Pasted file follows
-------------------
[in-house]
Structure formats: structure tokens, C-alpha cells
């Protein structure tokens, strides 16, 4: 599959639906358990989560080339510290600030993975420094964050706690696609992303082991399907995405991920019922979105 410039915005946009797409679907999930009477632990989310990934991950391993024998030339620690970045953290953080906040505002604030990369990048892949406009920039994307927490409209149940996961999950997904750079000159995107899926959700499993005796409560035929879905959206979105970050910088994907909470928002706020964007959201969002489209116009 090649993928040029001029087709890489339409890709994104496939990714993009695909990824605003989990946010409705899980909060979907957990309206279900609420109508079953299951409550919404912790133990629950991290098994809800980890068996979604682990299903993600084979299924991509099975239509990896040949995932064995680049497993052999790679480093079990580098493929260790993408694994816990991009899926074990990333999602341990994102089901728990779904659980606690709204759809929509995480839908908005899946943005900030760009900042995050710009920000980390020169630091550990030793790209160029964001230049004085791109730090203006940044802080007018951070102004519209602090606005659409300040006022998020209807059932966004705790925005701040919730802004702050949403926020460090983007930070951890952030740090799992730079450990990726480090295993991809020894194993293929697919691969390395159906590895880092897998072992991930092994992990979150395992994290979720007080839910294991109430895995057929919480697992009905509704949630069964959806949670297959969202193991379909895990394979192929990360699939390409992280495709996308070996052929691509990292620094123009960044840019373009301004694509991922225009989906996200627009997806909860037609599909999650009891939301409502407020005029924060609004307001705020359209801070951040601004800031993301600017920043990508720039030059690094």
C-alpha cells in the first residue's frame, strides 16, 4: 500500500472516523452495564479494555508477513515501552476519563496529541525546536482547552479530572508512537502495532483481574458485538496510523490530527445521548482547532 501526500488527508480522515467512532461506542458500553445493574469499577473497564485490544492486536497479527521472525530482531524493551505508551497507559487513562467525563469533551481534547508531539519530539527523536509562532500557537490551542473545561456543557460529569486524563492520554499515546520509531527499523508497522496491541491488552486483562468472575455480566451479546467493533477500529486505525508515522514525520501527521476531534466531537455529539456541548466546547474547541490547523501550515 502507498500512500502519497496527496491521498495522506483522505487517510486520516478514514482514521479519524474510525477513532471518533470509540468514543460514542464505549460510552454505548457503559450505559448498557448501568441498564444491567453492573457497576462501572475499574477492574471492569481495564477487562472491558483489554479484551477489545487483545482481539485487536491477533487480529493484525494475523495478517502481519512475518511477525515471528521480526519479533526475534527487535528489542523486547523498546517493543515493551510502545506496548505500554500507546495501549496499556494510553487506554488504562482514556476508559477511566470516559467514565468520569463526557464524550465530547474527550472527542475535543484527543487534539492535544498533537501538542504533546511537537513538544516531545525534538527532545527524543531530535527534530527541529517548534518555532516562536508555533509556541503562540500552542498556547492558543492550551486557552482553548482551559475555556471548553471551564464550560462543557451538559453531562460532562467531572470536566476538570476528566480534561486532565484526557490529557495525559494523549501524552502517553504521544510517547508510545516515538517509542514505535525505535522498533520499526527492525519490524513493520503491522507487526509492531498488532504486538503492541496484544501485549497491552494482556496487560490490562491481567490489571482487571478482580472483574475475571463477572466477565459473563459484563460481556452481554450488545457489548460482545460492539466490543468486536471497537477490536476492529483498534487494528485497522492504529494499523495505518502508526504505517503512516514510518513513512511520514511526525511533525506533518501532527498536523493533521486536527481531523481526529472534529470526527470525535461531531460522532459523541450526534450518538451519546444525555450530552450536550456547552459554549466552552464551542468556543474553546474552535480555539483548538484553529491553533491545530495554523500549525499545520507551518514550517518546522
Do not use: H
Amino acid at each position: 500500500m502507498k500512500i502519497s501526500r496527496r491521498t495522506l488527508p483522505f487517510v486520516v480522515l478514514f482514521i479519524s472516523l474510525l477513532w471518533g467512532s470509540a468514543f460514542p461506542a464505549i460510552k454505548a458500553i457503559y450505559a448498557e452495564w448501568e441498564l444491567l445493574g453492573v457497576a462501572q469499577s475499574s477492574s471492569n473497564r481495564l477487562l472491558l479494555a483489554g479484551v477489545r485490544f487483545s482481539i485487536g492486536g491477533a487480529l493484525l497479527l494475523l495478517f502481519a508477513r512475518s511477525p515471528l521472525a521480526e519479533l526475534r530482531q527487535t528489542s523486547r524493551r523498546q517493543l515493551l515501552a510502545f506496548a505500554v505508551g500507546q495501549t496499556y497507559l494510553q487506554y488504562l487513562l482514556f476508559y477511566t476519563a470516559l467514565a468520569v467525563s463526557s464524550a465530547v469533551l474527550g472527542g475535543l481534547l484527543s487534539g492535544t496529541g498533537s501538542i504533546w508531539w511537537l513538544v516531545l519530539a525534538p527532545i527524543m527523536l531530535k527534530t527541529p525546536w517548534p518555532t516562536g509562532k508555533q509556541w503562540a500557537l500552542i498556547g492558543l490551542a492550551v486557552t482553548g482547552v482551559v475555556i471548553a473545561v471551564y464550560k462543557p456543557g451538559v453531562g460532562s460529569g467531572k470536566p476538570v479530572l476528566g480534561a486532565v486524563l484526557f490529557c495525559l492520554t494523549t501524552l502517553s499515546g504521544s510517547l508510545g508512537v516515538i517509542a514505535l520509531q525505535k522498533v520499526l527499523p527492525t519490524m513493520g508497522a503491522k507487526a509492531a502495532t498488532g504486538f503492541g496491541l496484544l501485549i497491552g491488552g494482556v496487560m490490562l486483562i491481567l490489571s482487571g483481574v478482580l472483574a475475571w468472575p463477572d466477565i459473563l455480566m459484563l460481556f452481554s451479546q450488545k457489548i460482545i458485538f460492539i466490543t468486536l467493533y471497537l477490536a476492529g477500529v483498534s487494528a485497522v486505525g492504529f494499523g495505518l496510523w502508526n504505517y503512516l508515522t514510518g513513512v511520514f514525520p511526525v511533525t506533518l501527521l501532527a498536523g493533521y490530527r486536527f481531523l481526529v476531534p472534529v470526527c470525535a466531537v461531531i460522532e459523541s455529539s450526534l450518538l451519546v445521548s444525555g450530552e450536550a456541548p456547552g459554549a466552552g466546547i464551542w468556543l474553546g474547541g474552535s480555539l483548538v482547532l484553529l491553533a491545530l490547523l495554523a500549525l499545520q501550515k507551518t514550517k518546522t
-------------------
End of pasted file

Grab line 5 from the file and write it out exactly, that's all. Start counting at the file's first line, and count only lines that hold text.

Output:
Do not use: H